A Critique of Edward Bellamy's Socialist Science Fiction Book LOOKING BACKWARD by C.A.F. Lindorme 1890
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Modern science, in its application to moral philosophy, it would appear, stands again before the Sphinx of social life, missing the wand to make it speak the releasing word. But what in heathenish antiquity and in Christian revival the eccentricity of an ideal apotheosizing was inadequate to perform for the individual, our strictly scientific arguing accomplishes, by giving the individual its right place in society, and reflecting its responsibility upon the latter. The individual roots with its being in society, and society, as a matter of course, or of equity, enters with its share of responsibility. And as here, to the same degree as with the individual, the maxim obtains, that prophylaxis is preferable to cure, it is in the behaving of society towards the individual, by education, guidance, elevation, that the dire doom is mitigated to which the individual is exposed at the hands of unrelenting fate.
Never! Socialism is subjugation, and we want freedom. Socialism forces us into a system. We force unto the freedom of the will. The power by virtue of which socialism pretends to overcome all difficulties is discipline, outward compulsion. The power by which we aim to establish happiness is love, spontaneity. There is no human quality which by socialism is more utterly annihilated than independence. Than independence, mental selfhood, there is no human quality which by our proposition is more apt to develop into gratifying beautiful proportions.
Socialism is right enough in its negative critique. It is an absurdity in its positive propositions of reform. The socialistic theory complains of the actual fetters of society, and to release of these fetters it invents a system the very idea of which is fettering, binding all future development, in a mummification worse than ever were Egyptian castes, upon an invention of the present. The adherents to the socialistic dream revolt against the supremacy of privileged classes bearing down the poor, and the remedy, which their dream of happiness conjures up in their morbidly excited imagination, is an extension of the mental misery from which they suffer to all those who so far escaped the despotism of those privileged classes. The so-called laboring classes, by which illegitimate generalization a special branch, the laborers of manufactory, designate themselves, as though besides themselves laborers there were none on earth, suffer by a tyrannizing industrial system, in which all independence is stunted in the outset by an illimited sway of capital, and the remedy, which they devise against such tyranny, is a system where the very breakfast-table, to begin with, is never more subjected to individual will and pleasure. The industrial laborers rightly criticise the iniquities which are enacted by the power of legalised corporations, and the remedy they plan against these iniquities is, to make out of mankind one single corporation, pick out as the releasing form of human organisation the very organism which is known now as the moil of humanity.
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There is a book out with the title, “Looking Backward,” by Edward Bellamy, which by a superficial critique is considered to be an illustrative strengthening of the socialistic theory.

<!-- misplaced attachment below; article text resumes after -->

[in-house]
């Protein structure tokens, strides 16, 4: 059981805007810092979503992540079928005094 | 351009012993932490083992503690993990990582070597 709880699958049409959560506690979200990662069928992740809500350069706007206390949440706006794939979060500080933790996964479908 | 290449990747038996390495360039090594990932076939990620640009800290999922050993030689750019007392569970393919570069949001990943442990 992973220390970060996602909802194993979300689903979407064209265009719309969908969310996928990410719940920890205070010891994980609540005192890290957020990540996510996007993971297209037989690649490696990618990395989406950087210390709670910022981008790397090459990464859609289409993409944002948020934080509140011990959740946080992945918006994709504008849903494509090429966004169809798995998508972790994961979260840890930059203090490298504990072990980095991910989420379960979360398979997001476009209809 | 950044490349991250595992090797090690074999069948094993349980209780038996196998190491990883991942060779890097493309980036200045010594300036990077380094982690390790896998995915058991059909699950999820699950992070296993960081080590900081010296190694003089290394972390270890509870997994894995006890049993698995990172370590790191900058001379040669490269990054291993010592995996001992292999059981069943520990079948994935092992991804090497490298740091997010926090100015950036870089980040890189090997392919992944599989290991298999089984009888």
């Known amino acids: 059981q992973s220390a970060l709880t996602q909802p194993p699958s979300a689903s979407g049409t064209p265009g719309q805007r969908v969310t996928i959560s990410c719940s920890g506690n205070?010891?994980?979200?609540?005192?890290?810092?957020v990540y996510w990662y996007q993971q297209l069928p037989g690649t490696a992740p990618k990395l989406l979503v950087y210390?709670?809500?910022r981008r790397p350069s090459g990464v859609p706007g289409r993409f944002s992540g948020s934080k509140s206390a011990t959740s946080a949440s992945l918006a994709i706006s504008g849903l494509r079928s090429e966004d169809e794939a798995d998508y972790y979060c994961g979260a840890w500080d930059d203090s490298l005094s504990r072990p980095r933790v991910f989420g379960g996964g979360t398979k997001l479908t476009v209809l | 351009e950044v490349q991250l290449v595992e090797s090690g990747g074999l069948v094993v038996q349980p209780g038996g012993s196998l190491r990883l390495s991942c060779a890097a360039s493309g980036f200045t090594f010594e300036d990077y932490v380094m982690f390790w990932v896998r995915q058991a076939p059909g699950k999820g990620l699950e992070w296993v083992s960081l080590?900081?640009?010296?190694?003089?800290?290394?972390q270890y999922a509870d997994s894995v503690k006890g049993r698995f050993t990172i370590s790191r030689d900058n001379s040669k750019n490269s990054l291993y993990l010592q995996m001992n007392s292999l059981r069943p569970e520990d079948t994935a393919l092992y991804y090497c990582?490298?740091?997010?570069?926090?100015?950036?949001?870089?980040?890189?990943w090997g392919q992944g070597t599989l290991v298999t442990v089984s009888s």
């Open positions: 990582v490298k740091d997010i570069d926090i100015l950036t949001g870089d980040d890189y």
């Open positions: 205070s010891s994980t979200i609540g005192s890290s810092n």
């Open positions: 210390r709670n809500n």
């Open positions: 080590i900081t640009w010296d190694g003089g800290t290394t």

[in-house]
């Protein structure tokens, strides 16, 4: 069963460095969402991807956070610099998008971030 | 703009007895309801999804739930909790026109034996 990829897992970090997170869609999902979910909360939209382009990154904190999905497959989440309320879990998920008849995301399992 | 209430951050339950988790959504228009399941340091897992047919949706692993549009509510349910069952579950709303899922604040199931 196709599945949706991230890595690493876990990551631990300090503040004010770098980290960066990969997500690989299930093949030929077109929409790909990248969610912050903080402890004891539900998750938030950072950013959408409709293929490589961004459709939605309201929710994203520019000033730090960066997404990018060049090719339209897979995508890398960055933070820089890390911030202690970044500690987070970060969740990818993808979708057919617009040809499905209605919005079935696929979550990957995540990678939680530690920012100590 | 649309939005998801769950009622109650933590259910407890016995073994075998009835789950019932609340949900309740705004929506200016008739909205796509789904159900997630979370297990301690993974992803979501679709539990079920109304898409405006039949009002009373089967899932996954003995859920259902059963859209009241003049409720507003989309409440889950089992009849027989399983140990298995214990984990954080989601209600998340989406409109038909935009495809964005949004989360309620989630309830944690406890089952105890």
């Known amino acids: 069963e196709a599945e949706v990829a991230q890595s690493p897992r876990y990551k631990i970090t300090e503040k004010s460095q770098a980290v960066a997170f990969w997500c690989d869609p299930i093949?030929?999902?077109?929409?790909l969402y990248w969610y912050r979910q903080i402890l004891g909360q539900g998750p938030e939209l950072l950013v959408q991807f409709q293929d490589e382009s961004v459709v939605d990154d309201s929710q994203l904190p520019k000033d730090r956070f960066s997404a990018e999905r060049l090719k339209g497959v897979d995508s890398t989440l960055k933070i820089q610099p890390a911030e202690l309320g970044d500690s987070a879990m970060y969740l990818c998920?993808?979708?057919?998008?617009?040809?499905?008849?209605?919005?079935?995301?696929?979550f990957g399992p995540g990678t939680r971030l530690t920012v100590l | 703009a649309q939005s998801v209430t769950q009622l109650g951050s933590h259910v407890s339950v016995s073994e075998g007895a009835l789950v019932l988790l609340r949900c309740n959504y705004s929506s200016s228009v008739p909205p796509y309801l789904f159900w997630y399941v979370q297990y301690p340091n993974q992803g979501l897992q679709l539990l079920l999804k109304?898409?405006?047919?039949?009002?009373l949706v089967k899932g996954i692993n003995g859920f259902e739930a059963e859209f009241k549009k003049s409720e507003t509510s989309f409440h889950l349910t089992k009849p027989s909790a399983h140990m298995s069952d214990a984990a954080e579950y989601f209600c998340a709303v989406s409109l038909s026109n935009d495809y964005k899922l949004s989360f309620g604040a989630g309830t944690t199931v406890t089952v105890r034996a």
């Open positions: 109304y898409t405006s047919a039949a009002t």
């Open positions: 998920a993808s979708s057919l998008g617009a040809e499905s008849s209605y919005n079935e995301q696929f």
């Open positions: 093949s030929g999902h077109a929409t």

Nothing more illusory than this opinion. The book, if not explicitly, is implicitly an endorsement of our standpoint. The means of which Bellamy avails himself to make his narrative possible is, what in scientific literary language is called a petitio principii; in his book all the agencies which act toward the desired end are virtuous. Now, then, how do they get so; how is this most desirable of all ends brought about? Bellamy, in order to flatter the socialistic prejudice, gives as cause the taking of society to Socialism. But this is an absurdity, not to say sneaky psychology; it ignores willfully the weighty truth that the freedom of human will, in which and from which only moral reform can be borne, is not a gratis gift of nature, but a conquest of the mind; it lets morality, virtue, instead out of an individual effort of the mind, soul and intellect, result from the establishment of a mere outward form; the highest aim of striving humanity and the deepest intimacy of exerting man, from a petty arrangement of the more inferior points of human life.
There could not have been written a book more convincing, for those who want to see, of the fallacy of the socialistic hypothesis, than “Looking Backward,” by Edward Bellamy, and well may the socialistic leaders, with regard to it, say:
“May friendly fate preserve me of fair friends,
And I don't fear to face my fiercest foe.”—(Schiller.)
It is an admirable talent which the author of “Looking Backward ” displays, in showing that the socialistic system of utter abolishment of individuality, and of the merging of the same into the uniformity of general equality, in want and affluence, in wealth and penury, in eating and drinking, working and loitering, studying and recreation, is impossible, except by complete elimination from among the springs in society of egoism, and the installation, as sovereign ruling powers, of love and virtue. But there is no greater fallacy than the one on which Bellamy's book rests, that there can be found a system, or that the socialistic system be one, which eliminate egoism from among the springs of society, and establish love and virtue as the ruling power, quite machinalement, without any moral leverage of man. The contrary is the truth. Eliminate egoism from society, establish love and virtue as the ruling powers, and we may leave it as a pastime for lunatics to make systems for society.
Reason Magazine looks at Looking Backward.
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